3. Eternal Darkness

Nintendo loves its family-friendly series with its whole heart and darn is it good at making the.… this isn’t that. Back in the early 2000’s Nintendo did something extremely out-of-character and decided to commission an exclusive horror game. This game eventually turned out the be the cult hit Eternal Darkness. ED (I should probably just type it out fully) is very much a game in the same vein as other third-person horror games like Resident Evil and Silent Hill. Though it had stiff competition, Eternal Darkness was no slouch and even introduced new ideas that hadn’t been seen in games at that time(and since). Eternal Darkness’s horror focus fell very much on the psychological and borderline Lovecraftian with the player’s sanity even playing a large part in gameplay. Sanity’s effect on gameplay became one of the game’s most unique features, even to this day, with the lower it gets the weirder things actually get for the player. This takes forms of visual trickery, hearing voices and even the game pretending to crash and erase all of your save files (these people knew what true horror was [I still weep about my corrupted 100% run of Wind Waker]). Other than Eternal Darkness, this idea of messing with the actual gamer has been few and far between with really only one other time in the mainstream in the form of the touted Metal Gear Solid Psycho-Mantis boss fight. With the insane success of the Switch and Nintendo appealing to more hardcore crowds through their partnerships with Bethesda and other mature studios, there has never been a better time for Nintendo to invest in their own mature catalog, starting with their fan-favorite horror that fans and newbies (me) alike have been clamoring to play.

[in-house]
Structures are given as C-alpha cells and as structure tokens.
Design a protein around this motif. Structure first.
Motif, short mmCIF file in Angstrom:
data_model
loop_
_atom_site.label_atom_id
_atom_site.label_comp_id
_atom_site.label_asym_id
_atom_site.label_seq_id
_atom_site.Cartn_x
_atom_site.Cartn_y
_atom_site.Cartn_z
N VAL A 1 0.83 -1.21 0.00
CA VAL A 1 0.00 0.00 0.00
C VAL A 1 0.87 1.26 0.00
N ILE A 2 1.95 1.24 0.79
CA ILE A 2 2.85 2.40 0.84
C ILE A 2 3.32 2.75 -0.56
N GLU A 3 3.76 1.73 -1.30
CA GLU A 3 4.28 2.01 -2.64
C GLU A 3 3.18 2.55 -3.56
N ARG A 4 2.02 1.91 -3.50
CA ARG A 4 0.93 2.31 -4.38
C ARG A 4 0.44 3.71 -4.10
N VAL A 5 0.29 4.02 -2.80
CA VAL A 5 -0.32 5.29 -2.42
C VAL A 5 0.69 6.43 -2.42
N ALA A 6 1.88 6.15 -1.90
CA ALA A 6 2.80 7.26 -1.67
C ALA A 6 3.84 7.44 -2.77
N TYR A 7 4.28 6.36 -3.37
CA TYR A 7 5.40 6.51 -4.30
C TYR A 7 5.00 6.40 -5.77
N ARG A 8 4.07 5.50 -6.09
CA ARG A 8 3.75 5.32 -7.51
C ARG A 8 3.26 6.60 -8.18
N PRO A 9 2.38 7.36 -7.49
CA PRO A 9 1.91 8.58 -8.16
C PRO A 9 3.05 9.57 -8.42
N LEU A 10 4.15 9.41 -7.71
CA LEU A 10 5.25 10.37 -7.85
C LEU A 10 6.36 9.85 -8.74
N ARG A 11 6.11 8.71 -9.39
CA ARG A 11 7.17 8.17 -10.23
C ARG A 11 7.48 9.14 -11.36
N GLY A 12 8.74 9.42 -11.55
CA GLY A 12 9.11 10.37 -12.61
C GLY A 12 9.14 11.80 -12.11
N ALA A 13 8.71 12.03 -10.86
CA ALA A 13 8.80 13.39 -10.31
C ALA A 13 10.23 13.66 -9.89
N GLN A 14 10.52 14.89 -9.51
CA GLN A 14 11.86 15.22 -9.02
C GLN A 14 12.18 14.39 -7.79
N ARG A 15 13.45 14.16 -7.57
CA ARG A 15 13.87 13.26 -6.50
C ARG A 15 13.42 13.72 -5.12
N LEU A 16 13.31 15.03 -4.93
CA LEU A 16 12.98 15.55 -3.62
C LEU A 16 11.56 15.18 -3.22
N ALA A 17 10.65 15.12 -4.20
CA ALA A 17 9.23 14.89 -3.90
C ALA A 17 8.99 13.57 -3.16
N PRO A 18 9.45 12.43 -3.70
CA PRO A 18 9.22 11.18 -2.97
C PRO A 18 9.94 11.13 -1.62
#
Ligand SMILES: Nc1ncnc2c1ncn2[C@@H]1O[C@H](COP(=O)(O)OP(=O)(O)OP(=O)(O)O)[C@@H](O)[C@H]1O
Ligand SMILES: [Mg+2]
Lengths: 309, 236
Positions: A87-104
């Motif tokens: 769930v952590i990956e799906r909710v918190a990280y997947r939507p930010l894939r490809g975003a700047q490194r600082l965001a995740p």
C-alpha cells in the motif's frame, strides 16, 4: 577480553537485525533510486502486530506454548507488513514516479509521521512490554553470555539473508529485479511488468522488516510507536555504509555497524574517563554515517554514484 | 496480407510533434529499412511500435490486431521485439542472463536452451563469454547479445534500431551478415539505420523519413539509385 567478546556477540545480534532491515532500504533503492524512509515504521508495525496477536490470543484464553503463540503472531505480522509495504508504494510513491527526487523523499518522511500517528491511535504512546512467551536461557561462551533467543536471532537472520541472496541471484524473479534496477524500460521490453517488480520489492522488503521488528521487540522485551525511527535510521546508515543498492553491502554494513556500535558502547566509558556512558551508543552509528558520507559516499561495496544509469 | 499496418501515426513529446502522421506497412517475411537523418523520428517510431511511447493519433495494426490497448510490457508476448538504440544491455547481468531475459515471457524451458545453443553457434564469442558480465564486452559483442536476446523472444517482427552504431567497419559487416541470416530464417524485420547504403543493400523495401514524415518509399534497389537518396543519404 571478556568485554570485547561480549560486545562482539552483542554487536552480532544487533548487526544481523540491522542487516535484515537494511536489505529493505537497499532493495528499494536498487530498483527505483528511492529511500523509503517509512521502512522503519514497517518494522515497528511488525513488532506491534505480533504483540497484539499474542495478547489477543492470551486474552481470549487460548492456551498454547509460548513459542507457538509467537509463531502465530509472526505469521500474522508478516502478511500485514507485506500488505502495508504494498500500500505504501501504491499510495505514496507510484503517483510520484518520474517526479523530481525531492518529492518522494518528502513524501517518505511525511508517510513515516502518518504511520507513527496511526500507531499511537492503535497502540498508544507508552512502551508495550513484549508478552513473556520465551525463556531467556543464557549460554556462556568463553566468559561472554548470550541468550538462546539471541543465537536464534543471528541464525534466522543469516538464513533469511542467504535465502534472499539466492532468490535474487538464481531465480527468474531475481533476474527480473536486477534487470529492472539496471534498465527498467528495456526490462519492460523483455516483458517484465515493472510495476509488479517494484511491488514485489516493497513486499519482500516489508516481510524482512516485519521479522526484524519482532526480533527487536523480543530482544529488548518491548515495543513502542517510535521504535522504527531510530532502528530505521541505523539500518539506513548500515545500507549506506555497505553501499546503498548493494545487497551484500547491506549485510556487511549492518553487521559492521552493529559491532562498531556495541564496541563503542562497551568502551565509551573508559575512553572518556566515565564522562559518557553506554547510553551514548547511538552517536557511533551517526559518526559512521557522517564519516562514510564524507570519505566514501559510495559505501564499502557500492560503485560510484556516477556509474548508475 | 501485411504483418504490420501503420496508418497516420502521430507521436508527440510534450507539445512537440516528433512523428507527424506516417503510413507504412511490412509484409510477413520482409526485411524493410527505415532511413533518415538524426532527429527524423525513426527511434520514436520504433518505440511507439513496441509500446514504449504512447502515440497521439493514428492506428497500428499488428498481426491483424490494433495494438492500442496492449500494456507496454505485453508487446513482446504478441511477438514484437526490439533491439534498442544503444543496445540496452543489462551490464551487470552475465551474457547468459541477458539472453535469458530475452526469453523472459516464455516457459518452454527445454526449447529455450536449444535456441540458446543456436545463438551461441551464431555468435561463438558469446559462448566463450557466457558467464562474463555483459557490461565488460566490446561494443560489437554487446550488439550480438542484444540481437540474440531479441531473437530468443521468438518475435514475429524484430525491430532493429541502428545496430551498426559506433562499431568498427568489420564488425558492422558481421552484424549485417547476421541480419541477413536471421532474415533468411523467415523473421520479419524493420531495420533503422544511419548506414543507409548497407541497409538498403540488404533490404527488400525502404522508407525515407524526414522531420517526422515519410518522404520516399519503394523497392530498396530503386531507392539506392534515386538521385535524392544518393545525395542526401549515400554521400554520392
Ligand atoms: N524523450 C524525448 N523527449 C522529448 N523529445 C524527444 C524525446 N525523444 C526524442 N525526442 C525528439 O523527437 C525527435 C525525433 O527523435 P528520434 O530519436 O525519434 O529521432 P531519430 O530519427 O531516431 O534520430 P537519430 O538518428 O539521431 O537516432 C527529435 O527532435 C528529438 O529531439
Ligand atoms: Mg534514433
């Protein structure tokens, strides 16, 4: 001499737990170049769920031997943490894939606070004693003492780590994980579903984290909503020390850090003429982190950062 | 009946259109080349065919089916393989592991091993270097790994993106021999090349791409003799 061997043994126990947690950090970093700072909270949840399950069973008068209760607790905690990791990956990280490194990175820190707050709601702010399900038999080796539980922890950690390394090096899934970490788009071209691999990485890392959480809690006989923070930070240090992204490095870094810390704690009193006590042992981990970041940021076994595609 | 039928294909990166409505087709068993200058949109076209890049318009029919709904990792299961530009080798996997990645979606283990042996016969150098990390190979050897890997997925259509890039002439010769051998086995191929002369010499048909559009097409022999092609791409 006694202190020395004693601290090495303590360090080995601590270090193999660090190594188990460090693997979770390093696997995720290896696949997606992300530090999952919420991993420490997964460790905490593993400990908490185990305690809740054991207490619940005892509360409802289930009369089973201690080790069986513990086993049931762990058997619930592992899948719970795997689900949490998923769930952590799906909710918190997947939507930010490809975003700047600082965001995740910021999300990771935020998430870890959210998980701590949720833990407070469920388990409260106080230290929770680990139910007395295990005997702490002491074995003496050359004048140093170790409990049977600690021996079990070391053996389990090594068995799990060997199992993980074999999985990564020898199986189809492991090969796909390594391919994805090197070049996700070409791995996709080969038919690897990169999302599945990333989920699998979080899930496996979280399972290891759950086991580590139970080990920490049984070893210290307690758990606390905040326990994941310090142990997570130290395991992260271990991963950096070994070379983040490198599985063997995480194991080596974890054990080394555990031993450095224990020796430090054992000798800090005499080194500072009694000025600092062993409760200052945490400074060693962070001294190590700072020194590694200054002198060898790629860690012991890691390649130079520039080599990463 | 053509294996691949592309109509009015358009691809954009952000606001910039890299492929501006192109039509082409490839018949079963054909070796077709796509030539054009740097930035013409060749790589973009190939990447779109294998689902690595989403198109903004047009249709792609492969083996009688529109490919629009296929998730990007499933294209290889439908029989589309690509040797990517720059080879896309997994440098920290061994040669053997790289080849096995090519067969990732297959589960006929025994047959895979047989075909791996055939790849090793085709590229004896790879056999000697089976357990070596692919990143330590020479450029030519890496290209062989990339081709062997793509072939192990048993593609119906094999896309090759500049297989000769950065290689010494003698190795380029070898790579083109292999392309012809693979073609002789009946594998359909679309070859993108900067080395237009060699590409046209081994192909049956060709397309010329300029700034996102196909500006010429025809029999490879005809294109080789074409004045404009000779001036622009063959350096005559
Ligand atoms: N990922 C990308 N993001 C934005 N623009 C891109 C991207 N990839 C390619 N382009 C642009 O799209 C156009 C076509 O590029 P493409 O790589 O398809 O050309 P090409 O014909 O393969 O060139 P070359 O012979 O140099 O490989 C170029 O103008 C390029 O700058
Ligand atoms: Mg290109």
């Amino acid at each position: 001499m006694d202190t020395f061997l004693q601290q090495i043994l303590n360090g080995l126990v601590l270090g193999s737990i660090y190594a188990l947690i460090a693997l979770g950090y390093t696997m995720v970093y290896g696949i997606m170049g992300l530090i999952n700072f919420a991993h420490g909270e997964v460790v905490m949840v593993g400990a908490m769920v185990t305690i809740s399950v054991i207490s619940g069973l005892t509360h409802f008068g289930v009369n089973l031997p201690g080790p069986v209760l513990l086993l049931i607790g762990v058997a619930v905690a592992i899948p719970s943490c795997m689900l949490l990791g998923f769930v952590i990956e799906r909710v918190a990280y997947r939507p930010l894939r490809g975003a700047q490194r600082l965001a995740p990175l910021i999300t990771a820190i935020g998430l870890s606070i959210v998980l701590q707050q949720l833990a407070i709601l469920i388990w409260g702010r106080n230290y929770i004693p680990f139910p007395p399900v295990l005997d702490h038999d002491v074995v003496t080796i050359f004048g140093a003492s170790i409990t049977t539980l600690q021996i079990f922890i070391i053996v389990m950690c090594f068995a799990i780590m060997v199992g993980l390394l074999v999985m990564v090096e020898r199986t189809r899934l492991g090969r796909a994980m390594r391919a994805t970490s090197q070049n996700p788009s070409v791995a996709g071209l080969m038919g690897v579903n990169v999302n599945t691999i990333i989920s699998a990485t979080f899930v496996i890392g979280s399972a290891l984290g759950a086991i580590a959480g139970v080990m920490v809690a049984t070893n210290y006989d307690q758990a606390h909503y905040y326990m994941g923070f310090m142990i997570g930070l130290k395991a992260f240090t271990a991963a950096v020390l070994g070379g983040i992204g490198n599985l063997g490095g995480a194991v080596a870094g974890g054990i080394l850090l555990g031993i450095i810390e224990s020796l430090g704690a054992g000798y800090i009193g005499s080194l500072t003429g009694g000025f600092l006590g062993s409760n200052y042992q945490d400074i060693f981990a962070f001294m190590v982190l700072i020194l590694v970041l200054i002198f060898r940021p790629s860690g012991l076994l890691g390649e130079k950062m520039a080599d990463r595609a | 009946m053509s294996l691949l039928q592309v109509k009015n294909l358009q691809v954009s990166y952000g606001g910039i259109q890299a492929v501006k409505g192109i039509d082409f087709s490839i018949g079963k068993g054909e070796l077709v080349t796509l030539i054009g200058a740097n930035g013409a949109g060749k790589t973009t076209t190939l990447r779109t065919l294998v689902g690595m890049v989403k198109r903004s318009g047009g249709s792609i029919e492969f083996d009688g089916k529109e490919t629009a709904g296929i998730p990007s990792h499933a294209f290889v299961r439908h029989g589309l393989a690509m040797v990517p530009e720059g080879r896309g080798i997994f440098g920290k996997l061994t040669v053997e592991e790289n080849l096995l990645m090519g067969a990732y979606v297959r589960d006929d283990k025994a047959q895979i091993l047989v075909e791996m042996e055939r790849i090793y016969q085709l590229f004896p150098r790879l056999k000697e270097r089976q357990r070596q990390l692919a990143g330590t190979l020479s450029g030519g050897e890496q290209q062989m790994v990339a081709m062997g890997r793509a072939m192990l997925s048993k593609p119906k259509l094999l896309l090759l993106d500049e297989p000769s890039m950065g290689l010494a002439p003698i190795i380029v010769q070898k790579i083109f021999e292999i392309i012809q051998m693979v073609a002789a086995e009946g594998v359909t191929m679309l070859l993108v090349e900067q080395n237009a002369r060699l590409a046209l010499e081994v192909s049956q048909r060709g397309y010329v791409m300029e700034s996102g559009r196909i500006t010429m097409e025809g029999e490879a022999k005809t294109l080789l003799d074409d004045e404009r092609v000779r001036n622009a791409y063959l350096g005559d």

2. Silent Hill 2

The Silent Hill series has a strange history of games with many being decently bland horror outings… But it hasn’t always been that way. Silent Hill made its debut back in 1999 and shocked the world with a truly atmospheric horror game, but (like in two other series on this list) the creators were even more confident for their second iteration and broke new ground for the horror genre. It seems to me that there hasn’t been a game more coveted by an online community as much as Silent Hill 2. I can see why! The game rocked thick atmosphere, demented monster design, actual scares, horror with an actual meaning behind it, and it even introduced the world to Pyramid Head. Silent Hill 2 has, of course, seen a remaster before (one that was sloppily handled by Konami, mind you), but Silent Hill 2 is exactly the kind of masterpiece that should be experienced by a new crowd with a full modern remake (with fog intact, mind you once more). Seeing the horrors with all new graphical fidelity and tank controls stripped away for a more modern 3rd person camera, like the Resident Evil 2 remake, and the world would be weeping with nostalgia and new horror all around. For some reason, I just keep thinking of the fog with modern particle effects and it’s giving me the willies. Please let me experience this Konami! Free all of your games from their pachinko prisons!

1. God Hand